Who’s supposed to pay for the $26.6 billion California budget deficit? According to the Democrats it will be poor families, children, disabled, and elderly people. On Thursday, Democrats on the California budget conference committee voted to accept many of Governor Jerry Brown’s proposals to pay some of California’s $26.6 billion deficit through massive cuts to the state’s social services. Brown’s entire budget package is expected to go to the state’s legislature next week for a vote. The victims of this shameful budget will be those who are the most in need and the least able to voice their opposition.
Democrats voted to slash more than $486 million from In-Home Supportive Services (IHSS). This program ensures that disabled and elderly people get medical attention and in-home assistance, such as getting groceries or doing laundry. Most cuts to IHSS will come through a requirement that says anyone receiving IHSS assistance show proof from a doctor that they need it. When the budget goes into effect, thousands of people who rely on in-home care will be forced to fend for themselves.
Democrats also voted to cut millions from CalWORKs, which provides cash assistance to families living in poverty. CalWORKS recipients will see their checks reduced by eight percent and will only be allowed to stay on the program for a total of four years, as opposed to the current five years. These cuts to CalWORKs come at a time when more people than ever rely on cash assistance to feed themselves and their families. Three out of four CalWORKs recipients are children – more than 1.4 million. The Democrats have decided that these children’s needs aren’t a priority this year.
On the other hand, the California Chamber of Commerce – voice of California’s wealthiest corporations – said that they agreed with the Democrat’s budget and the Chamber of Commerce would give it their full support. And who could blame them for being happy? Making sure California’s corporations are taken care of is nothing new for Democrats. In the 2008 and 2009 budgets, the Democrats stood alongside Republicans and approved changes in California’s tax laws that now allow the state’s corporations to keep tens of millions of extra dollars each year that they would have otherwise had to pay in taxes. One of these changes allows corporations to simply decide how much of their profits they want taxed. As a result of these changes in the tax law, the state receives $2 billion less per-year from corporations. Like all of the state budgets approved in the past few years, this year’s budget ensures that the profits of California’s corporations will not be harmed.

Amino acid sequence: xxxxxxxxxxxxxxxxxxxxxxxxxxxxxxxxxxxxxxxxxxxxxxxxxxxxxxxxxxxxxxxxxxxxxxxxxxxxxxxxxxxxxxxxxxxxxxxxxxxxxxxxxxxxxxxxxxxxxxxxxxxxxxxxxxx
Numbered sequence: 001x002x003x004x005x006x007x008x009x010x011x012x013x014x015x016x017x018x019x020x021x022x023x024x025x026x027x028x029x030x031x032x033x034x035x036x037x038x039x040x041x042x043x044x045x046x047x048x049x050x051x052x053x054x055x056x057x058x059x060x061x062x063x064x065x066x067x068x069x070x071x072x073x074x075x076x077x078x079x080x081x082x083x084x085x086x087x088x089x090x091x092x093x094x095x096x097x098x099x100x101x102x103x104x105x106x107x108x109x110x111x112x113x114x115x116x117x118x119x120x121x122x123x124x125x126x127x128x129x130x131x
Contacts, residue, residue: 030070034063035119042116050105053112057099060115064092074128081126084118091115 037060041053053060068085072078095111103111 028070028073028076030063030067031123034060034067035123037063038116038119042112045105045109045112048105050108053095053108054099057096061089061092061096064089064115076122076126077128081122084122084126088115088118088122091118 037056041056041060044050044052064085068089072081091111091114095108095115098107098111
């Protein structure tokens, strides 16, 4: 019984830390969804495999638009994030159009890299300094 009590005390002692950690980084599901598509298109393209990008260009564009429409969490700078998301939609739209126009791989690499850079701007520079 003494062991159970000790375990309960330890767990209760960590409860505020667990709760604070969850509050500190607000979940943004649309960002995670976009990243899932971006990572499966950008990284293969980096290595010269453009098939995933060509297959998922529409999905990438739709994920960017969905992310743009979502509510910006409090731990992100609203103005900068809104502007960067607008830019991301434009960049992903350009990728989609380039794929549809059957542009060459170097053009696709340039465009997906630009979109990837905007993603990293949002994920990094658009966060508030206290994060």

The Democrats tell us to vote for them because they will protect our interests. They tell us that they will protect our schools, that they will give us jobs, that they will protect the environment, that they will end war, that they won’t take away our health care. In 2008 Barack Obama promised us hope and change after eight years of Republican rule. Just a few months ago Jerry Brown promised to save us from Schwarzenneger’s California. Soon we’ll hear the same promises in next year’s election.
Reality shows us that these are all lies. The Democrats, just like the Republicans, are the party of corporations and banks. Their solution to the budget crisis is to make the rest of us pay for it. Their promises are a lot of hot air but their cuts are all too real.
There is another option. In Wisconsin, rather than wait for some Democrat politician to come and save them from Governor Scott Walker’s anti-union bill, the workers and young people organized themselves to occupy the capital and demand that the governor back down. The Wisconsin Democrats went along with people’s protests, even leaving the state to prevent a vote on the anti-union bill. But without the mobilization of thousands of workers and students the bill would have passed into law.
Our agenda, our lives, won’t be represented by politicians sitting on a budget committee or making deals behind closed doors. As the workers and young people in Wisconsin have showed us in the last few weeks, the only thing we can depend on to protect our interests, to guarantee our future, is us.